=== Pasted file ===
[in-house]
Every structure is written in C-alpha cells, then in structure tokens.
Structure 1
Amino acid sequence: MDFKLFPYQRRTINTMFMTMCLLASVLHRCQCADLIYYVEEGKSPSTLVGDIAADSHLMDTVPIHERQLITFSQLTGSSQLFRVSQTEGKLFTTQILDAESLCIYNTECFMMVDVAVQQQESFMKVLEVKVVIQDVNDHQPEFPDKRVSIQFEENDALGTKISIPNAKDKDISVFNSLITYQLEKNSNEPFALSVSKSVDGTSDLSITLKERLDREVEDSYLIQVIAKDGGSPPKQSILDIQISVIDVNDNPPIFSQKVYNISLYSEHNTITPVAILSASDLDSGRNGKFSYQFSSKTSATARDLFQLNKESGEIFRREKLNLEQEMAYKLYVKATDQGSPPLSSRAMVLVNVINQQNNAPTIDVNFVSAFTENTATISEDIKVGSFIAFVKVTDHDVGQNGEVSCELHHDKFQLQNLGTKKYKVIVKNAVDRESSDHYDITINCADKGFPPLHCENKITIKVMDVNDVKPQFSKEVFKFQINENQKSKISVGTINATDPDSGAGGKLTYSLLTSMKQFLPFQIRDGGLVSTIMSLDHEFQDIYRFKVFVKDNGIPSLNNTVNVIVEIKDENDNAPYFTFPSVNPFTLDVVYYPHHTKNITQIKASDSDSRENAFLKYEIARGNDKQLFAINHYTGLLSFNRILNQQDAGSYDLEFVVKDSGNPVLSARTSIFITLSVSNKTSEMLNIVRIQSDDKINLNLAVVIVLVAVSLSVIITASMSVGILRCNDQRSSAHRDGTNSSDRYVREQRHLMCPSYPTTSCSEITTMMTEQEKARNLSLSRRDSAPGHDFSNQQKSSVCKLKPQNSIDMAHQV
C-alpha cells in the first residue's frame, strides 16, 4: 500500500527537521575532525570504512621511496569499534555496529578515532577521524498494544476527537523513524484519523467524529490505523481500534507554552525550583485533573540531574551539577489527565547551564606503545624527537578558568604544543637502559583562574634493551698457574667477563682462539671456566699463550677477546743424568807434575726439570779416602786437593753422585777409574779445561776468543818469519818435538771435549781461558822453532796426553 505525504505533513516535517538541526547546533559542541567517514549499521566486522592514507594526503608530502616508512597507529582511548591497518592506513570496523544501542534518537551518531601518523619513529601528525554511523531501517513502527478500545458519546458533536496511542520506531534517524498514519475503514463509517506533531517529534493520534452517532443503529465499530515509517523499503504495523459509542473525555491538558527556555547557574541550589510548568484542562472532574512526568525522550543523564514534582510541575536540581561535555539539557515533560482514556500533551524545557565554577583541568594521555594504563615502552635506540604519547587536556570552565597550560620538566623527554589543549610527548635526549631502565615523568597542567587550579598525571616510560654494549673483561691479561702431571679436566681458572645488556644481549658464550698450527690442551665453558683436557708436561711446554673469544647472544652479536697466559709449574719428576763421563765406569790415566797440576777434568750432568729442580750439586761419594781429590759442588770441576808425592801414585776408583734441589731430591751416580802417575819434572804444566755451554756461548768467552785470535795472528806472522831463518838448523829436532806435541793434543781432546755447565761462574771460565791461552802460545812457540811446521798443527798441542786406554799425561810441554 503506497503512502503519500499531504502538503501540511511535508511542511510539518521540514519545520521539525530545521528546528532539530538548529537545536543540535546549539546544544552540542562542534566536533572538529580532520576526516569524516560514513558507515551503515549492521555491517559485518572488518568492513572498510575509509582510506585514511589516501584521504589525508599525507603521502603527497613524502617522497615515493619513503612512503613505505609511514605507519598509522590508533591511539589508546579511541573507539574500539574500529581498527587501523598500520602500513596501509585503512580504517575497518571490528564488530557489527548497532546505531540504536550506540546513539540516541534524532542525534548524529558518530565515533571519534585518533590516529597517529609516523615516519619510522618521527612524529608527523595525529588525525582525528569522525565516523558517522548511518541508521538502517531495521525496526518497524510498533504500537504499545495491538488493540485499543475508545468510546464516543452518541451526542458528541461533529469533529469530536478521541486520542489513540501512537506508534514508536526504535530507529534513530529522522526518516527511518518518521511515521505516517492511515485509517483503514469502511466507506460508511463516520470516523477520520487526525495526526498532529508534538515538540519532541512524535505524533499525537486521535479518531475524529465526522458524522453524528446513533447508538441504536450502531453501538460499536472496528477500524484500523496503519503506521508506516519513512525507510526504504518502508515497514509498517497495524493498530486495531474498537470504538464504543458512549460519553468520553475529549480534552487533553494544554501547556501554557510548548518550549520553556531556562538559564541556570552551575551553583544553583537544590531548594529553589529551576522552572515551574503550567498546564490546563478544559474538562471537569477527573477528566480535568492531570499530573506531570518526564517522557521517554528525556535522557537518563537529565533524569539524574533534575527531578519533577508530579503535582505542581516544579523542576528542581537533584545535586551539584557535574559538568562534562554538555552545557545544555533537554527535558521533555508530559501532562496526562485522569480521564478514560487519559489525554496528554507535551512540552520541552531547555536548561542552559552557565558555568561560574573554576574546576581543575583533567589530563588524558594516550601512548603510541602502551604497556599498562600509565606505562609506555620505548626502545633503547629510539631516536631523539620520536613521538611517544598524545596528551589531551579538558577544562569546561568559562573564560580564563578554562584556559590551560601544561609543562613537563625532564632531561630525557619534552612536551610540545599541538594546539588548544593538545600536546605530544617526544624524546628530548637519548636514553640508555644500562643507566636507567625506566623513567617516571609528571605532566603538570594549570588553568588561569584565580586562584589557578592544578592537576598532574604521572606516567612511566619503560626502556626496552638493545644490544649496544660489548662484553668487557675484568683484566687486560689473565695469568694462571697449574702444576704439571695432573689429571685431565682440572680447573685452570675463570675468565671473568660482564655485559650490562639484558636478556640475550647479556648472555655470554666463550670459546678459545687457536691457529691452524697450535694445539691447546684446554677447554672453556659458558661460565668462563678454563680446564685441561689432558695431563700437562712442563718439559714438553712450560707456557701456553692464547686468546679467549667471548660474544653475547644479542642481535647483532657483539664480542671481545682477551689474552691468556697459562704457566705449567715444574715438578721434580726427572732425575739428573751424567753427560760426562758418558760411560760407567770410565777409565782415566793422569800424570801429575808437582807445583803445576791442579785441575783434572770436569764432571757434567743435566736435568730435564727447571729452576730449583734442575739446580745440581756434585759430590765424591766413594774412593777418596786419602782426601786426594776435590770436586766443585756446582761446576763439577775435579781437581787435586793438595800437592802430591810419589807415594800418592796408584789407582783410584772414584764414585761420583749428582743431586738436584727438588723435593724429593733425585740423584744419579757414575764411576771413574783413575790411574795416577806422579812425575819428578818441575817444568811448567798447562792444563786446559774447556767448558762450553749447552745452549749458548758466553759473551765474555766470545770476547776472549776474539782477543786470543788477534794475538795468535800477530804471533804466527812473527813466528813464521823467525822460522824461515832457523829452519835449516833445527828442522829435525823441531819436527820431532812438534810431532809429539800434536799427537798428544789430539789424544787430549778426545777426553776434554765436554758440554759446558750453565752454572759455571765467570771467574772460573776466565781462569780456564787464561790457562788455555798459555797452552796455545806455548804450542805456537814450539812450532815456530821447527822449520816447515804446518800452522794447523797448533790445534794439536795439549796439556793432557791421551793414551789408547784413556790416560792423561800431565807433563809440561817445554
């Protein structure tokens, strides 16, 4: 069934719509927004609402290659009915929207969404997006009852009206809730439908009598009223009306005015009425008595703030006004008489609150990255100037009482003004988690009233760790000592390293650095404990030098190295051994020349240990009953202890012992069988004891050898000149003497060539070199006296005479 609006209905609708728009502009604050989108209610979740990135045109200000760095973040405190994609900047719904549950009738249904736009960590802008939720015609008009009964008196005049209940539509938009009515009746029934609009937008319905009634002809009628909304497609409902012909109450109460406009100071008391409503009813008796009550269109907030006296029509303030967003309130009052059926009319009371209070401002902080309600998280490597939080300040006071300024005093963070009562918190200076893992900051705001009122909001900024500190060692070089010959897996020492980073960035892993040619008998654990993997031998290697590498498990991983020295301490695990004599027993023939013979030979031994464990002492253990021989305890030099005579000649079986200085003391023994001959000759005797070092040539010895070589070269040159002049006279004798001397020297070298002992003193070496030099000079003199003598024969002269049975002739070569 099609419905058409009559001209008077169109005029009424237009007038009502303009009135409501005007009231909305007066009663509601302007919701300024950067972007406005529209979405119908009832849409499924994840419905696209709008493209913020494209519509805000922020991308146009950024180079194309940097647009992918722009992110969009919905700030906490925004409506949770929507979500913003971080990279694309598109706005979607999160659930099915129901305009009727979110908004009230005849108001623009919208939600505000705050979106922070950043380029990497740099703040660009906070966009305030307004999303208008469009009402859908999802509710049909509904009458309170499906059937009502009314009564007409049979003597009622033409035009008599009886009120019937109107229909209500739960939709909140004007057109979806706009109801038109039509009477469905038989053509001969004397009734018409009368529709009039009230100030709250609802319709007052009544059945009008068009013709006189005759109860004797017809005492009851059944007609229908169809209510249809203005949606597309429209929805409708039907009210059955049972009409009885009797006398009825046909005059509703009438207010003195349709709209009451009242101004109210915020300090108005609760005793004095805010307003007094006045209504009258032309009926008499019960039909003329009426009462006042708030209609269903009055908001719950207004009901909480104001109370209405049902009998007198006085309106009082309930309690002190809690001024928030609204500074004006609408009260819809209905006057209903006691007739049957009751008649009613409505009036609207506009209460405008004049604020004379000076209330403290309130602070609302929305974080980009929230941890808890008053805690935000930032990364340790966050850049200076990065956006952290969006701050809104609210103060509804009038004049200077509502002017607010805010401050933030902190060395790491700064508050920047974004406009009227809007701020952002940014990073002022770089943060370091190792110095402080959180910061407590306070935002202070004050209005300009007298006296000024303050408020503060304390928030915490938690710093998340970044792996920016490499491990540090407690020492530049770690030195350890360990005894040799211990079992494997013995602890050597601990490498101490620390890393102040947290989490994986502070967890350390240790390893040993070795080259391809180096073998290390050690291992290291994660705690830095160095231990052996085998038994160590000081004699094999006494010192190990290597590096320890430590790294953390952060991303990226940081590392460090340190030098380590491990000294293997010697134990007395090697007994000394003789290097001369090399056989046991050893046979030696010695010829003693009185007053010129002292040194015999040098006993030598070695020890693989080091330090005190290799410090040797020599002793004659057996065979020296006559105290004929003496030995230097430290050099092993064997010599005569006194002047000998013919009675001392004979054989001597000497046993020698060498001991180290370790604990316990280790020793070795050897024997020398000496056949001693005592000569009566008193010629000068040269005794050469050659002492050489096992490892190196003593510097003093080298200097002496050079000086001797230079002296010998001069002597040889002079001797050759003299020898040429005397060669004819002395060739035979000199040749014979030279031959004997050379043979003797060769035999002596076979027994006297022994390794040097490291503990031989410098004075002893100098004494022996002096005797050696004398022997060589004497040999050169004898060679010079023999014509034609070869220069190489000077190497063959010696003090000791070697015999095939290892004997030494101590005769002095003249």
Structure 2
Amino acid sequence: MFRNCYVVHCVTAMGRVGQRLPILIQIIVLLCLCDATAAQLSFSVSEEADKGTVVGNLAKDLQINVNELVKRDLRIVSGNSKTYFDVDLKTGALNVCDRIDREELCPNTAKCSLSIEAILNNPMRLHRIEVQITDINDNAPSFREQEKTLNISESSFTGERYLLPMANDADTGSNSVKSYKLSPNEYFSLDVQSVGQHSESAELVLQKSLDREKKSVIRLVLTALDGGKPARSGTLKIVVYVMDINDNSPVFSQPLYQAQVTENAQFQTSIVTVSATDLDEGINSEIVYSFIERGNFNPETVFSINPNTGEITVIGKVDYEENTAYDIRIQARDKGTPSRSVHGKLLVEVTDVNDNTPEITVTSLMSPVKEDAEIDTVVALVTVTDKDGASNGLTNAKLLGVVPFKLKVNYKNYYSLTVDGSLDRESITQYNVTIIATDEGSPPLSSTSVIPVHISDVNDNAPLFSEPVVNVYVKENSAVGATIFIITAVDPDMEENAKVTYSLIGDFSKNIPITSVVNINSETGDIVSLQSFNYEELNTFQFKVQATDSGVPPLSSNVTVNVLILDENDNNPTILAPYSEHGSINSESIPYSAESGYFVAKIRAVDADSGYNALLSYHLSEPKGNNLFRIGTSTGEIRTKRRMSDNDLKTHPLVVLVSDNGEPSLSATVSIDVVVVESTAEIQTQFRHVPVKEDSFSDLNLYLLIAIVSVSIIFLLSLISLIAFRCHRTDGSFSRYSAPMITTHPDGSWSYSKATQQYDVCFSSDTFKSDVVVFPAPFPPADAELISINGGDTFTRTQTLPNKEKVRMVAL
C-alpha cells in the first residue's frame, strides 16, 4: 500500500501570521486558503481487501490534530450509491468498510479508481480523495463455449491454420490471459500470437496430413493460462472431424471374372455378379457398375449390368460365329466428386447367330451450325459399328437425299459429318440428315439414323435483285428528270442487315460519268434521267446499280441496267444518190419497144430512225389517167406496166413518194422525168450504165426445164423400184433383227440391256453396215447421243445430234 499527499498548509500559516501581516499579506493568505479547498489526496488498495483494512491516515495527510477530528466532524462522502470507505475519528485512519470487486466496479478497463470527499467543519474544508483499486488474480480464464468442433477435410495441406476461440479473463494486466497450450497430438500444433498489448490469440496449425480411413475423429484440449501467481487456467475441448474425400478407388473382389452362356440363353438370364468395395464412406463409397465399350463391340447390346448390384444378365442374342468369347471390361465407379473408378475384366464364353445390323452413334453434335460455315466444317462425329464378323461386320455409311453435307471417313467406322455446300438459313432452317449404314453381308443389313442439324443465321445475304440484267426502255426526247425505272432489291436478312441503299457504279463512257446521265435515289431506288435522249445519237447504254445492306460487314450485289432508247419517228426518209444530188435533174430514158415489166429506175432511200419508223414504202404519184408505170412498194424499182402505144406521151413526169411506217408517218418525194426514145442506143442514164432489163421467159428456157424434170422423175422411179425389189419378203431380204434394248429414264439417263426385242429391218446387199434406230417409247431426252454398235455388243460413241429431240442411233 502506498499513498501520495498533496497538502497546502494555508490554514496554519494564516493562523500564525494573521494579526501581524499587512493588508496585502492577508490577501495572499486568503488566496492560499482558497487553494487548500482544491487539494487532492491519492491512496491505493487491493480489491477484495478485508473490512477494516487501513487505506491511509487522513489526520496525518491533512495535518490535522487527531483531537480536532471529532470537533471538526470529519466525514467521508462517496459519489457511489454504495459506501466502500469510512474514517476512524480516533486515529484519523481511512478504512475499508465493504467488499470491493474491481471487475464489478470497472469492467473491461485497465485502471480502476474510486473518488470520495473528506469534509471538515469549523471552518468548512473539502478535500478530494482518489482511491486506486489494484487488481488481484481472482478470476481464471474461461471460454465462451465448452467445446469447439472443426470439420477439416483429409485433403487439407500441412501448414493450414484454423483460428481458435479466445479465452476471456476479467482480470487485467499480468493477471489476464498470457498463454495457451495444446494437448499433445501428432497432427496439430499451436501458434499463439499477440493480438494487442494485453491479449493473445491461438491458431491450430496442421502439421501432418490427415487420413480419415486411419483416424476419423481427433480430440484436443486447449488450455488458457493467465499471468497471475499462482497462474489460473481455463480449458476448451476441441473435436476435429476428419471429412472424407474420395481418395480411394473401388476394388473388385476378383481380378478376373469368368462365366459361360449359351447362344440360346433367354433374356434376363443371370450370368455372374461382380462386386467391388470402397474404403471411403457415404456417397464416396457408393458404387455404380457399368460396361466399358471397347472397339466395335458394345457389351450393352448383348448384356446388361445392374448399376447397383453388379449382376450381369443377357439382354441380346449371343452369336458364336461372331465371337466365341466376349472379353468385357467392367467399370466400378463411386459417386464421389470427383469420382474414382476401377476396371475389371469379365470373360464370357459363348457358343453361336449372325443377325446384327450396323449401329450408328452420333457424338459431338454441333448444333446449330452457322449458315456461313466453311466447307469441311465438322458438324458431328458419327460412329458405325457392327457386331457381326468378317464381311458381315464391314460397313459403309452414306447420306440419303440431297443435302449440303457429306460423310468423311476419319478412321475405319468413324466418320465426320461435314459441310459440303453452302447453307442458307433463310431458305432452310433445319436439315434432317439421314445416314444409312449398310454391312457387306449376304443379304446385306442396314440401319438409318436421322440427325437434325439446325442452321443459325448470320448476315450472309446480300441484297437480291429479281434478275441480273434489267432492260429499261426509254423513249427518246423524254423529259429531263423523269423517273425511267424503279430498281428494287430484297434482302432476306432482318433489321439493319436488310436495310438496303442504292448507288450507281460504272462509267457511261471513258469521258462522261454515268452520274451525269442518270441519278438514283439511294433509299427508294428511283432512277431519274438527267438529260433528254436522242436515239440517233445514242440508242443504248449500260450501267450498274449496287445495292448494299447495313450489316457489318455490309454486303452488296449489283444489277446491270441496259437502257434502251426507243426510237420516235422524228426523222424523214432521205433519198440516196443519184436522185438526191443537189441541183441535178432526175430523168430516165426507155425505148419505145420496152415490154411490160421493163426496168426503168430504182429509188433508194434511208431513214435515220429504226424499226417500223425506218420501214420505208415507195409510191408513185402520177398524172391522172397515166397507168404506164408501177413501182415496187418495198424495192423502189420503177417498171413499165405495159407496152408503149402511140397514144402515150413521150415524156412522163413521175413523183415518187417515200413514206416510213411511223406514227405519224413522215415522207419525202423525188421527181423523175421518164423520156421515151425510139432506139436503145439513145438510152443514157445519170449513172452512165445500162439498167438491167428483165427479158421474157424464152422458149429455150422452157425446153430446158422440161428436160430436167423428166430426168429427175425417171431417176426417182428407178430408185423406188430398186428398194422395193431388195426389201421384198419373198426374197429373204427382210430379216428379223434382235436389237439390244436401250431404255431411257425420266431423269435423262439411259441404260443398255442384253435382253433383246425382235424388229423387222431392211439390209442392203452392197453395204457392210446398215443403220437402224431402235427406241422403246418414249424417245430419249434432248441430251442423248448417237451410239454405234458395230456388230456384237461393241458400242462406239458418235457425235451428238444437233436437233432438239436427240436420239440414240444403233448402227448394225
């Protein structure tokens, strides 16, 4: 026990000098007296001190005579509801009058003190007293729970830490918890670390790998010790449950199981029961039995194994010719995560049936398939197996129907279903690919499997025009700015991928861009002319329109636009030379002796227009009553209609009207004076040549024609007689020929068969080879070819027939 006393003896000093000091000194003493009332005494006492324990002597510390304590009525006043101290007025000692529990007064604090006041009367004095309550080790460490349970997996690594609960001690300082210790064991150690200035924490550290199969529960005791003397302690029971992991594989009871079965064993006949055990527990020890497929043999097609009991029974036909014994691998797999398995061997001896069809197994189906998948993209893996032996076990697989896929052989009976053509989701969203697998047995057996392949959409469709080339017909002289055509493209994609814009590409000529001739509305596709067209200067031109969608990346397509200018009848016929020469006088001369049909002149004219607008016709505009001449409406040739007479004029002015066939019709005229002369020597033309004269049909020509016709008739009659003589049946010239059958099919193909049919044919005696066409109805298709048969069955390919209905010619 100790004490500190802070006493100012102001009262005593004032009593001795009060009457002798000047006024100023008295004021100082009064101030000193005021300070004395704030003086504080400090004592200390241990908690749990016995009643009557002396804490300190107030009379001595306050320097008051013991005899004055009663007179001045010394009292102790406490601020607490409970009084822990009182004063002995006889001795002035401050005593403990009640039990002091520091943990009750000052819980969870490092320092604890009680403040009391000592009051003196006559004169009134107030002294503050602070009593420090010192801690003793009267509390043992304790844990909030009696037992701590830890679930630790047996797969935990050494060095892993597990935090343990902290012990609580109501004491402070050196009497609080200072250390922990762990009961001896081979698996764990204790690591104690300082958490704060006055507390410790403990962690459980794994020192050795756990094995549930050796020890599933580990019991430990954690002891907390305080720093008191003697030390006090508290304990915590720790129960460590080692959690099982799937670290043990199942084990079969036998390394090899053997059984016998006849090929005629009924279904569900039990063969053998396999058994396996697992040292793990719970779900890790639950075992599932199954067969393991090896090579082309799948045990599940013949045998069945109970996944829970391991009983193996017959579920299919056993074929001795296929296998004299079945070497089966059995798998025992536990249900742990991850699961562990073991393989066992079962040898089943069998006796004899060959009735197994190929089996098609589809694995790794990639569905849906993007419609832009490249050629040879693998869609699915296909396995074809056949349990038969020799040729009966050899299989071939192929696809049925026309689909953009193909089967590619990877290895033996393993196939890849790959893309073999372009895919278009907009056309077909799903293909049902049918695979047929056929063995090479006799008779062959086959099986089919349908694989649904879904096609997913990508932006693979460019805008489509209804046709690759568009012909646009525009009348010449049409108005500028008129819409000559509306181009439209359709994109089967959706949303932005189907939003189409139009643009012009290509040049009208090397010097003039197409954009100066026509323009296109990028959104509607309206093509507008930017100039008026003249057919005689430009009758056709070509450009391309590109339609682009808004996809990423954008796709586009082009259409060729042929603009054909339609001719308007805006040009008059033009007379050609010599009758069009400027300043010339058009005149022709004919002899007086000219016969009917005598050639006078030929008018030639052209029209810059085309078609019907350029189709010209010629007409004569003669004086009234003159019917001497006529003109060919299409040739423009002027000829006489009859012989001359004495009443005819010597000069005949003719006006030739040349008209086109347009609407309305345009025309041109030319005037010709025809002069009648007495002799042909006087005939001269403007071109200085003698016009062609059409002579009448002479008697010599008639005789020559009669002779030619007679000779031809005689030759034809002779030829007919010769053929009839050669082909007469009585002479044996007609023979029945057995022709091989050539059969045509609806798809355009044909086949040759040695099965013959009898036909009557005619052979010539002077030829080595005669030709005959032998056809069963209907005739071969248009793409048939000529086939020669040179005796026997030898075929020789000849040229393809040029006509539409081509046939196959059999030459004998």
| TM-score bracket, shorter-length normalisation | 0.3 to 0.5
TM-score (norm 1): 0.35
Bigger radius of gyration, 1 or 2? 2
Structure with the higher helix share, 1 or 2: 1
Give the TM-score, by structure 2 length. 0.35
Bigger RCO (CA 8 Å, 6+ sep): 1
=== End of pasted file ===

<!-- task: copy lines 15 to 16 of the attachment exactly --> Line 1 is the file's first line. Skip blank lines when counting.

Give the TM-score, by structure 2 length. 0.35
Bigger RCO (CA 8 Å, 6+ sep): 1